From 21 to 23 March 2019 the annual Trade Fair for Tourism will take place on Sint Maarten – the Sint Maarten Annual Trade Show (SMART). The program is filled with innovation masterclasses, workshops for the tourism industry, business-to-business meetings and festivities. Tour operators, travel agencies, travel bloggers and event planners visit the exhibition from all over the world. For the most up-to-date information and contact details, go to the SMART St. Maarten website.
The challenge is to support the long-term sustainable growth of tourist destinations in the EU, preserve shared natural and cultural assets and ensure quality of life for local communities.
“No tourism industry can be sustainable without involving the whole community. No tourism can succeed unless it is friendly to the environment. So we protect the environment, protect the local communities.”More at Euronews
Bren Romney, who was a Moderator of the Workshop, detailed Anguilla’s plans to build a state-of-the-art business incubator on Anguilla dedicated to innovation.
The space will stimulate collaboration and entrepreneurship, creating employment for youth, enhancing the experience of visitors, increasing incomes of the people of Anguilla, he said.
Specifically, the business incubator will:
help convert start-ups and ideas into viable businesses;
foster creativity and collaboration;
target young Anguillians in ICT, creative industry, light manufacturing and professional services and
encourage App developers from around the world to come to Anguilla.
“Bonaire will position itself as a progressive island in terms of synergizing people and nature. This will result in a positive economic, cultural and nature stimulation for the island,” said Ms. Helvig Thode, Bonaire’s Representative.
In 2017, the tourism industry contributed 229 million US dollars to the local economy and 25 per cent of jobs are tourism related. The challenges include the competition from elsewhere, an underperforming mainstay tourism sector – diving – need a more diversified portfolio inadequate pricing of eco-tourism sector, need for improved accommodation, convert Bonaire into a high-end destination with 30 per cent of hotel inventory at four-star plus star.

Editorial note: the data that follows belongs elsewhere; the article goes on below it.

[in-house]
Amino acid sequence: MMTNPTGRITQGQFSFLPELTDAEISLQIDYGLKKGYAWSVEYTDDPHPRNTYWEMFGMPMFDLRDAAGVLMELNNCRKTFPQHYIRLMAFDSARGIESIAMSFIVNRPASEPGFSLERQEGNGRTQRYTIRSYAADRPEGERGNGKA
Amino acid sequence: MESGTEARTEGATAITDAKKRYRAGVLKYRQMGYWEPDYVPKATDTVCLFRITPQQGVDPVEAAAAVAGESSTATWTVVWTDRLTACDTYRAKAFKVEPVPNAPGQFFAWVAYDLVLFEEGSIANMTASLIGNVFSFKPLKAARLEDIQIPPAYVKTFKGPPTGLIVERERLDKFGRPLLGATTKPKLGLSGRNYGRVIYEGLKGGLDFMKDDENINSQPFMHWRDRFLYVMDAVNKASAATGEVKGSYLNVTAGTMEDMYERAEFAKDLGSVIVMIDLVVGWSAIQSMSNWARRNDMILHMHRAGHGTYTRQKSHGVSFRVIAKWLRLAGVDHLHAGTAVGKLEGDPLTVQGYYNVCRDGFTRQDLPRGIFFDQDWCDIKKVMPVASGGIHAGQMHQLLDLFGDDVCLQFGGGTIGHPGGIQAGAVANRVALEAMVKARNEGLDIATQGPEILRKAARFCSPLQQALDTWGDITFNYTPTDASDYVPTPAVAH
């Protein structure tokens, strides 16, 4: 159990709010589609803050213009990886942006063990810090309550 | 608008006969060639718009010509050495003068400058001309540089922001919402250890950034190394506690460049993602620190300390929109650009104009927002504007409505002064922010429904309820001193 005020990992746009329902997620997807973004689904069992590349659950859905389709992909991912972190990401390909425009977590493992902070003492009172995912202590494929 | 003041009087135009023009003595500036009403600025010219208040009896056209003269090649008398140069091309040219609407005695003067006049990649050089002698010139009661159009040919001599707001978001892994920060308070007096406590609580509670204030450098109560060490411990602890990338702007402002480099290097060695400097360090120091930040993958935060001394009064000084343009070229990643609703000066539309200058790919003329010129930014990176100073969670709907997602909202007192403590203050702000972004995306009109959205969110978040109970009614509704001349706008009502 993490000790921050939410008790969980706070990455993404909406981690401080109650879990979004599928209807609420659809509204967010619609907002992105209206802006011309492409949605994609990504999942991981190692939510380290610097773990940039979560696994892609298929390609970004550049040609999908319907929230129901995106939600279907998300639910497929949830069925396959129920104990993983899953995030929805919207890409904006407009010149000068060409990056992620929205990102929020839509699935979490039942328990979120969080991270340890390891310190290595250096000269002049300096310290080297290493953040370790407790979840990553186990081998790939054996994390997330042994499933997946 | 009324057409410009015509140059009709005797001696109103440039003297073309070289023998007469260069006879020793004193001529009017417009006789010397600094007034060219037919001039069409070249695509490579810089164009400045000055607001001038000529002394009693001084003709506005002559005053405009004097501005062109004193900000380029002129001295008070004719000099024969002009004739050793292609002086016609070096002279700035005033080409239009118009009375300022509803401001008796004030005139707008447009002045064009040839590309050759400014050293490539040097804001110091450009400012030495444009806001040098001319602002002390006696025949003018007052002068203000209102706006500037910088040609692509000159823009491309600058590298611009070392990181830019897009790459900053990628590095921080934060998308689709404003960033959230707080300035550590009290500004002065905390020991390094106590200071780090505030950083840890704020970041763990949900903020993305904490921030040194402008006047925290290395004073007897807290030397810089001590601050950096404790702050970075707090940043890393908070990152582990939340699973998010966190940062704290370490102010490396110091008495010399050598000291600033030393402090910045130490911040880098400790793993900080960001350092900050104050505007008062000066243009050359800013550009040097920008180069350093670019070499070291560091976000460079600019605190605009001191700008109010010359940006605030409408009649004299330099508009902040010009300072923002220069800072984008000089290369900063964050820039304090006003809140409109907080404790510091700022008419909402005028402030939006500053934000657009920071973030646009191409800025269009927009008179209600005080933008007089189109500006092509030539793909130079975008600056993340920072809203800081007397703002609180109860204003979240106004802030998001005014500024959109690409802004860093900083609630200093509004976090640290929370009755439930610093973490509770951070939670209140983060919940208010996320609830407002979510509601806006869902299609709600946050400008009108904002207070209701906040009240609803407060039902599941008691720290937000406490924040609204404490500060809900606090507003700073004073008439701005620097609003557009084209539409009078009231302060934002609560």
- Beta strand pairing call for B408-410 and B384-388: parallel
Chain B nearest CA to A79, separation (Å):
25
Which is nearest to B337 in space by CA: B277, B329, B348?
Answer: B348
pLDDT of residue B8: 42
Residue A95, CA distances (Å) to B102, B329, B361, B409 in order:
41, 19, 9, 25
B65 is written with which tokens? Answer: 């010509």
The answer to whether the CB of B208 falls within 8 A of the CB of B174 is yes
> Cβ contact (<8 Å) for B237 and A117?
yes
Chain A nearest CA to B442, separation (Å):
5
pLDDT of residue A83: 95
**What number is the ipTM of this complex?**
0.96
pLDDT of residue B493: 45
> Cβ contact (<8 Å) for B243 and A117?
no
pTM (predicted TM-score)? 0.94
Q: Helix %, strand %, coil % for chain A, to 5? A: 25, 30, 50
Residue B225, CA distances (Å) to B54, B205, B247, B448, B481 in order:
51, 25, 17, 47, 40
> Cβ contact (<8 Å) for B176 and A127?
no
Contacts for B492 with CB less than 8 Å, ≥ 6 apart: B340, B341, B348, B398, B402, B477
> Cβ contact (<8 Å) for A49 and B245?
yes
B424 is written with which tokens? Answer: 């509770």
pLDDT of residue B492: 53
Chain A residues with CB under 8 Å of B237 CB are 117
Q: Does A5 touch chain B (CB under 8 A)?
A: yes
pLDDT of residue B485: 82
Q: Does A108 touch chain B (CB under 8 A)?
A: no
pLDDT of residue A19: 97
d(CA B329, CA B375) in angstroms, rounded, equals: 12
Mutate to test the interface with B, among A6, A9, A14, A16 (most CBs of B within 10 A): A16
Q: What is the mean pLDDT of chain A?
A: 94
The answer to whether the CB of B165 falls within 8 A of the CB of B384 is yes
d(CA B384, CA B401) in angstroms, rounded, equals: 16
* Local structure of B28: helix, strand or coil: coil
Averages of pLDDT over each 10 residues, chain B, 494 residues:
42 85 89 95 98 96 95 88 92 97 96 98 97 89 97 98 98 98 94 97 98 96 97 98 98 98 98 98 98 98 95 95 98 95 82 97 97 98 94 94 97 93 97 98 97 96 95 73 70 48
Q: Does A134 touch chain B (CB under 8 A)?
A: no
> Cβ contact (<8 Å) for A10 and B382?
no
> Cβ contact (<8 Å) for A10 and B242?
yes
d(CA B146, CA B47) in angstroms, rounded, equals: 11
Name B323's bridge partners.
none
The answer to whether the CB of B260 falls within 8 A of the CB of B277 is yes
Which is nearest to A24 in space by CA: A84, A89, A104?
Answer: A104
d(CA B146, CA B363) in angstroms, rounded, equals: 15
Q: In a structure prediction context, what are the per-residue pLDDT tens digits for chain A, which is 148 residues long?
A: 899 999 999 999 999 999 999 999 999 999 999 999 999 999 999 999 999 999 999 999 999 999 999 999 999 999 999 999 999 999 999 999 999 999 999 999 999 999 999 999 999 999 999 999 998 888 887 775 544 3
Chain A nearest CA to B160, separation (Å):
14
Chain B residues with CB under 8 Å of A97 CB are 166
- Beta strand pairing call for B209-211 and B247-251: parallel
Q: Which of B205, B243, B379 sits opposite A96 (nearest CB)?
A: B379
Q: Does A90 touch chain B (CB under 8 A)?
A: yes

The intention is to convert tourism industry into an engine that serves all of Bonaire, notably using its credentials as the First Blue Destination. It was the first Caribbean island to have a protected marine park and 40 per cent of the island uses clean energy. Becoming a blue destination is aligned to Bonaire’s culture history and the heritage of the people who have embraced and protected the ocean for their livelihood.
Tourism innovation in TCI started with a vision: “We envision becoming a country where the very mention of our name invokes images of peace, safety and security, a place where residents and visitors enjoy authentic experiences,” said Alexa Cooper-Grant, Innovation Directorr for TCI.
“Having successfully established an image as a luxury destination, the Turks and Caicos Islands has an opportunity to lead the way in the region and become the “new luxury” benchmark against which other destinations are measured.”
TCI’s tranquil, luxurious settings, where nature and protection of the environment are considered sacrosanct and sustainable development is pursued for the benefit of all our citizens, residents, investors and visitors.
The Turks and Caicos islands has built its innovation in tourism around three As: improving accessibility of the islands by accessibility – both air and sea, improving accommodation – hotels, villas and b and bs and improving attractions museums and art houses.
Known for its outstanding pristine beaches – notably Grace Bay – TCI has created niche markets weddings, honeymoons, and water sports. It enjoys a reputation as one of the top 3 dive destinations in the world as well as offering kite boarding, paddle boarding and kayaking.
Mr McGregor emphasised the need to apply innovations in digital technology to the tourism sector to capture new markets. Technology is influencing the ways the public is planning, booking and even experiencing destinations.
All trip planning by OCT visitors starts online through the use of a computer, tablet, smart phone or Smart Watch. It means that websites and mobile apps must be created with a view to inspiring and informing potential visitors, said Mr McGregor.